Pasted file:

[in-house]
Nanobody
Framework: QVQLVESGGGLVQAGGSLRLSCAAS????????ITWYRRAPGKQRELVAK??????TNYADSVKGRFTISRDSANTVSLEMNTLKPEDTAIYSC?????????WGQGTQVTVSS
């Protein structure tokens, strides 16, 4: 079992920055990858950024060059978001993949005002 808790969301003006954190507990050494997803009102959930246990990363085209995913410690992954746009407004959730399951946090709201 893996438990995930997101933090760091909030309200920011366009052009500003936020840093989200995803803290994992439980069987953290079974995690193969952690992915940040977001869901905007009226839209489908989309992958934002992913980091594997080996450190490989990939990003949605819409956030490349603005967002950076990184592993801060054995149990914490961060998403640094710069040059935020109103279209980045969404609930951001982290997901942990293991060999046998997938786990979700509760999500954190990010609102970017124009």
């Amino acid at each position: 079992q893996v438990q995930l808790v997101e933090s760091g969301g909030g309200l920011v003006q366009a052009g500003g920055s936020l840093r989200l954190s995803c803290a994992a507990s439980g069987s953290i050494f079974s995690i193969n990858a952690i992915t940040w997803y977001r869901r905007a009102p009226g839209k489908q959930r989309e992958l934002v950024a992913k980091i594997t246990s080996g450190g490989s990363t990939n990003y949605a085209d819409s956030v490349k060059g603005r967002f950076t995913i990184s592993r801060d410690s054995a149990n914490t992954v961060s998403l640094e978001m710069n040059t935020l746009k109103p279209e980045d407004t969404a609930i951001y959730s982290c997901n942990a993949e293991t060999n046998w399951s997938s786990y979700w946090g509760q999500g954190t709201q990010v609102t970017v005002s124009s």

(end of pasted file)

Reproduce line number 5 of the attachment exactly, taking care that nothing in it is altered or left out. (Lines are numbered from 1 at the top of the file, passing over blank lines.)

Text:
């Amino acid at each position: 079992q893996v438990q995930l808790v997101e933090s760091g969301g909030g309200l920011v003006q366009a052009g500003g920055s936020l840093r989200l954190s995803c803290a994992a507990s439980g069987s953290i050494f079974s995690i193969n990858a952690i992915t940040w997803y977001r869901r905007a009102p009226g839209k489908q959930r989309e992958l934002v950024a992913k980091i594997t246990s080996g450190g490989s990363t990939n990003y949605a085209d819409s956030v490349k060059g603005r967002f950076t995913i990184s592993r801060d410690s054995a149990n914490t992954v961060s998403l640094e978001m710069n040059t935020l746009k109103p279209e980045d407004t969404a609930i951001y959730s982290c997901n942990a993949e293991t060999n046998w399951s997938s786990y979700w946090g509760q999500g954190t709201q990010v609102t970017v005002s124009s």